- #1

nomadreid

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The website concerned the instructions for constructing a Penrose tiling or a quasicrystal by projecting down from 5 and 6 dimensions respectively. The steps in my sloppy notes appear as follows

[1] choose an acute angle A such that tan(A) is irrational. For example, A= pi/5.

[2] Let n be the number of dimensions of the final covering: 2 for a Penrose tiling, 3 for a quasicrystal.

[3] Set up a grid (lattice) in a n+3 dimensional space D.

[4] Define the transformation T on points in D such that (x

_{1},x

_{2},…x

_{n+2},x

_{n+3}) → (x

_{n+3},x

_{1}, x

_{2}…x

_{n+2}).

[5] Find the n-dimensional surface S in D (a plane for n=2, a 3D hyperplane for n=3) such that the angle formed between any line in S and T"S will be A. (This point is probably the most confused, as I do not see what T has to do with anything. It would be more natural to set the angle A be between S and the n-dimensional space upon which the result of the following will be projected in step 7.)

[6] Find the centers of the hypercubes in the grid which are closest to the hyperplane.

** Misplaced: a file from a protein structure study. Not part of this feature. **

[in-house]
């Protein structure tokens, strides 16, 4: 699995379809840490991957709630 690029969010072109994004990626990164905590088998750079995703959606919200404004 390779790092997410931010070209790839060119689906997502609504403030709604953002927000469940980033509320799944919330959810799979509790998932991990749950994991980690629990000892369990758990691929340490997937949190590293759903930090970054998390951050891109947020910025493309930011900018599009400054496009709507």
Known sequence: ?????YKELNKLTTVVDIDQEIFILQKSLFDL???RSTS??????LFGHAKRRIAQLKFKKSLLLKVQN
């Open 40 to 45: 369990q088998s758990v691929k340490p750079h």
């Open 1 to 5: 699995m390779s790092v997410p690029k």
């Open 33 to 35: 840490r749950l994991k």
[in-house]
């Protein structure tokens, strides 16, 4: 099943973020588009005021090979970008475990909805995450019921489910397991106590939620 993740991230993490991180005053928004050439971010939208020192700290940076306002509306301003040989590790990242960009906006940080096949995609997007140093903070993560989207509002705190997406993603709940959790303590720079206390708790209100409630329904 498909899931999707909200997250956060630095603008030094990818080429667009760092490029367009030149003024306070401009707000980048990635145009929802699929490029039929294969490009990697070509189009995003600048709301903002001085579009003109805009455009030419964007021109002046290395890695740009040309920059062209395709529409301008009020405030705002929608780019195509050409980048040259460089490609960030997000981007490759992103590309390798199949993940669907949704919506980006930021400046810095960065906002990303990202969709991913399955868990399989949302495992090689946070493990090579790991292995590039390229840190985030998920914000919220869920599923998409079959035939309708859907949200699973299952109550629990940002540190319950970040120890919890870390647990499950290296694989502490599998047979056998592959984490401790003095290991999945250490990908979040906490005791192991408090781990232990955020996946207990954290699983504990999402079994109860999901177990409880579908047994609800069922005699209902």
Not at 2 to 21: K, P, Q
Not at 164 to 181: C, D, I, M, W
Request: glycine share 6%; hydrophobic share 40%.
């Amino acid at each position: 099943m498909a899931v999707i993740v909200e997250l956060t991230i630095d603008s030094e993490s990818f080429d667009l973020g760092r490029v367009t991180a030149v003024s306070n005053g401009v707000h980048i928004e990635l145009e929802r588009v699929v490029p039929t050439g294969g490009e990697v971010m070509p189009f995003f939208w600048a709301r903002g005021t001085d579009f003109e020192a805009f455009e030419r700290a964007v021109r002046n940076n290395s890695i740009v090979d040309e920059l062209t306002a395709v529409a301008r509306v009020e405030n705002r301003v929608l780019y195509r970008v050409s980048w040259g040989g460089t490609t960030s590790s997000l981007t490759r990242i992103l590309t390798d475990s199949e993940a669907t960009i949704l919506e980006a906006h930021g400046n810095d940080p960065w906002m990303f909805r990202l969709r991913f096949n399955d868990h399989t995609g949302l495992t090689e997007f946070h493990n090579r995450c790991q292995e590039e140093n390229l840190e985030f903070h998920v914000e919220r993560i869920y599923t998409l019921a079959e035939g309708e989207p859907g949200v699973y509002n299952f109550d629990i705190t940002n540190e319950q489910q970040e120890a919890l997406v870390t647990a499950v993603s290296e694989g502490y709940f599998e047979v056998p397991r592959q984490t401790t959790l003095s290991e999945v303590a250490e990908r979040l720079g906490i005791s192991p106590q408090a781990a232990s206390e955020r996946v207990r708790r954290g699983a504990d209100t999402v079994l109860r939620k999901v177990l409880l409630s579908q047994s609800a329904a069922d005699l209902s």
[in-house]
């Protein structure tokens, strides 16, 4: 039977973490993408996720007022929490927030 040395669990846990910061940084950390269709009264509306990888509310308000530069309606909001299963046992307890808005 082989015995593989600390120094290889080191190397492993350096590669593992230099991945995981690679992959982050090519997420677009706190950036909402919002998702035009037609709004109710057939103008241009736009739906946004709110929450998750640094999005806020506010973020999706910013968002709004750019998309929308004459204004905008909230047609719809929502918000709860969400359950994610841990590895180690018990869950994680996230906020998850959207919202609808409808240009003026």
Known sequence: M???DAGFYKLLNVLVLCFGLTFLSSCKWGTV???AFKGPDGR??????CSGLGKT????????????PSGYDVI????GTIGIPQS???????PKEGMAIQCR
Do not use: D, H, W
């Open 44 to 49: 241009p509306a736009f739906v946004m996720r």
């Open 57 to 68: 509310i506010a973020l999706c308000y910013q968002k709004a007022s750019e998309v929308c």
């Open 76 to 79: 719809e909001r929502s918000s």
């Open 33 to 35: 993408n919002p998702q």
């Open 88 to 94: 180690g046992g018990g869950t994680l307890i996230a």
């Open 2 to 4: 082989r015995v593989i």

[7] Project these points onto one of the n-dimensional subspaces, P, of the n+3-space, spanned by vectors lying on the axes. (Another point of confusion. Is the projection necessary? If it is, perhaps the correct condition to find S is that that the angle between S and P is A?)

[8] These centers will form the vertices of the tiling or of the quasicrystal, respectively.

Any and all corrections would be appreciated. If this is completely off the wall, I would appreciate a link which lays out clearly and explicitly the correct steps. (So far I have only found vague analogies or hand-waving, but maybe I am not searching correctly.) Thanks.